The term wanderlust is defined in the Oxford Dictionaries as “the strong desire to travel,” but I feel as though it is more than just that: wanderlust is a contagious, and potentially life-altering, condition.
All dramatics aside, it is a common desire within my immediate social circle – and perhaps my generation as a whole – to go out and explore as much of the world as possible.
The ideal conditions for wanderlust to thrive vary.
For me, curiosity has been the main driving force behind my urge to explore wherever, and whenever, possible. Curiosity about what a place looks like, smells like, what the local cuisine tastes like, what amazing pieces of human history or natural wonders exist beyond my Winnipeg backyard.
Symptoms of wanderlust first started to appear when I was in high school. I had several opportunities to travel in the United States, going as far south as Kentucky.
However, these places never seemed far away enough from home.
My family never went on exotic trips, my school did not offer school trips to Europe, and as a high school student it was not possible for me to hop on a plane overseas alone.
For a while, I was convinced continent-hopping would have to wait until I at least finished my university degree. Time and finances did not make overseas travel particularly convenient.
The first opportunity I had to travel overseas came suddenly and was almost recklessly decided.
My best friend, Lisa, had been hired as an au pair in Venice for three months in 2012. Au pairs are typically young adults who are provided room and board and sometimes a small wage in exchange for childcare and some household chores. She left for Italy near the end of September with plans to come home shortly after Christmas.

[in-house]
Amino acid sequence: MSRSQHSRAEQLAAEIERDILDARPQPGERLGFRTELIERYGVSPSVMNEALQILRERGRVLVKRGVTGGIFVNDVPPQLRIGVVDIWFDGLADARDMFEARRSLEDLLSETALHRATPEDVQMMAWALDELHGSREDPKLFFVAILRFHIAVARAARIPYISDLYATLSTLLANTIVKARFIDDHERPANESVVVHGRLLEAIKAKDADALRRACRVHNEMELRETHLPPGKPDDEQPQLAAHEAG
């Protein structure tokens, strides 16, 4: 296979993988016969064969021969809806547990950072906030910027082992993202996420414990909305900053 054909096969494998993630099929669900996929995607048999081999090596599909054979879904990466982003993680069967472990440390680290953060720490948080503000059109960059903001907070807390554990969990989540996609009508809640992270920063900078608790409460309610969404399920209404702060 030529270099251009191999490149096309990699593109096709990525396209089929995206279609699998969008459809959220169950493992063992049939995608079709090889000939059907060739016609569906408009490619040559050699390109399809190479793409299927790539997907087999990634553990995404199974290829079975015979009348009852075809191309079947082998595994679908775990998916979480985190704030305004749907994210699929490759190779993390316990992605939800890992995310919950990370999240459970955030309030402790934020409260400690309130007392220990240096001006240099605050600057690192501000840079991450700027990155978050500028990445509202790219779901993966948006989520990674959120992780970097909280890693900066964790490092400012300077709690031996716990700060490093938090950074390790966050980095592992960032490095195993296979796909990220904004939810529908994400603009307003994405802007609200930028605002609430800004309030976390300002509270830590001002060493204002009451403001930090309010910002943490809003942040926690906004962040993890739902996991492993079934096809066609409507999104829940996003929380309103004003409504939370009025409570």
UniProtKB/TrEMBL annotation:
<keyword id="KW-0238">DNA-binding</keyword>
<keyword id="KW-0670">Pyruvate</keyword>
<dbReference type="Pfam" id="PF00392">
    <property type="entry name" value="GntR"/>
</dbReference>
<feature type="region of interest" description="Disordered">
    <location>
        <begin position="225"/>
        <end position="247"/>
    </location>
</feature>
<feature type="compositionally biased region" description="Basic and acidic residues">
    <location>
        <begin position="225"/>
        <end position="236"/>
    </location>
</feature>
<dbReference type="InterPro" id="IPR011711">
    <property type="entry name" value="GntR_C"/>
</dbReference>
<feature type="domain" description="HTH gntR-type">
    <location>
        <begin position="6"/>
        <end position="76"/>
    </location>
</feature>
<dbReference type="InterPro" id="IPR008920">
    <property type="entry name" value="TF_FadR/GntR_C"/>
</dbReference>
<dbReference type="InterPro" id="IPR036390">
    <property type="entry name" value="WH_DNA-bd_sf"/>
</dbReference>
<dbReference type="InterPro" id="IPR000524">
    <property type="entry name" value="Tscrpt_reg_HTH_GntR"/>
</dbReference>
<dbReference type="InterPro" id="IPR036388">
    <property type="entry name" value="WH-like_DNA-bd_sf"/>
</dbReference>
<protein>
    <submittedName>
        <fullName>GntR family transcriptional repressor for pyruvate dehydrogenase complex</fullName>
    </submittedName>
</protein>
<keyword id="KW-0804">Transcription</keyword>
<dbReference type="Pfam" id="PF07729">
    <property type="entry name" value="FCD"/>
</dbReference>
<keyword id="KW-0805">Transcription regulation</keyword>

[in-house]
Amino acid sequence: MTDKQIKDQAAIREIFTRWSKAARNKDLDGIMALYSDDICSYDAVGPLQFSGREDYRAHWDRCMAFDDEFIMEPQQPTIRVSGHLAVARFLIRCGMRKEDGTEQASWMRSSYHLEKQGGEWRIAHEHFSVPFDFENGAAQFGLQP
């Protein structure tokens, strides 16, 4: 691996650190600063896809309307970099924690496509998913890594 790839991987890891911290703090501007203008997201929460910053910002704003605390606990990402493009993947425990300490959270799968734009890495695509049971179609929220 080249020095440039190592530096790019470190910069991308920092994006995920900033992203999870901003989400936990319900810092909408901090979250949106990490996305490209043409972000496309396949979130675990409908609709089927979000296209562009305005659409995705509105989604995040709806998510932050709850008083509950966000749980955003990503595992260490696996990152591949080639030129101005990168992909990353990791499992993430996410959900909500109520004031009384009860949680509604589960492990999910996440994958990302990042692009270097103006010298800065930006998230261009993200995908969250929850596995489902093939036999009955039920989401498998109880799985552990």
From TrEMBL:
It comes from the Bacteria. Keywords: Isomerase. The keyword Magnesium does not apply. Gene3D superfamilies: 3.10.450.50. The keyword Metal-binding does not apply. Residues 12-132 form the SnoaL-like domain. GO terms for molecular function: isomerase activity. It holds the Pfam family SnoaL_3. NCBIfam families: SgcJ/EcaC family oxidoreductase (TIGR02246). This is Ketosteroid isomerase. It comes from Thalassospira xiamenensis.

I never considered being an au pair as an option. I am not particularly experienced with children and find them overwhelming. As well, a fear of temporarily leaving my life behind prevented me from taking on such a major and distant commitment.
Instead, Lisa shared stories about her new, short-term living arrangements, and frequently sent photos of her life on the other side of the Atlantic.
One day she suggested I come to Italy for Christmas. I could stay with her, and we would spend as little money as possible travelling from the east coast of northern Italy to the west coast, and back.
The only major thing I had to worry about was my airfare.
It was one of those decisions that I didn’t want to think too much about. If I thought too much about the trip I would figure out a way to talk myself out of it.
I made the jump to purchase a plane ticket from an online travel site. I remember exactly where I was when I made the purchase, and I remember my hands shaking after I authorized the purchase on my credit card. I have no idea why I had such a violent, physical reaction to this purchase. To think that I now had a relatively significant financial obligation to get on a plane to cross the Atlantic caused a type of anxiety I had never experienced before.
The rest of the term went by quickly. My flight left the morning after I wrote my last final exam, and I soon found myself checking in at the Winnipeg airport. I had flown domestically several times before, but never internationally. My first leg of the trip was from Winnipeg to Toronto, then Toronto to Frankfurt, and finally Frankfurt to Italy.
Another memory I will never forget is lifting off from the tarmac at the Toronto Pearson International Airport, knowing that when I landed it would be the first time I landed on a different continent.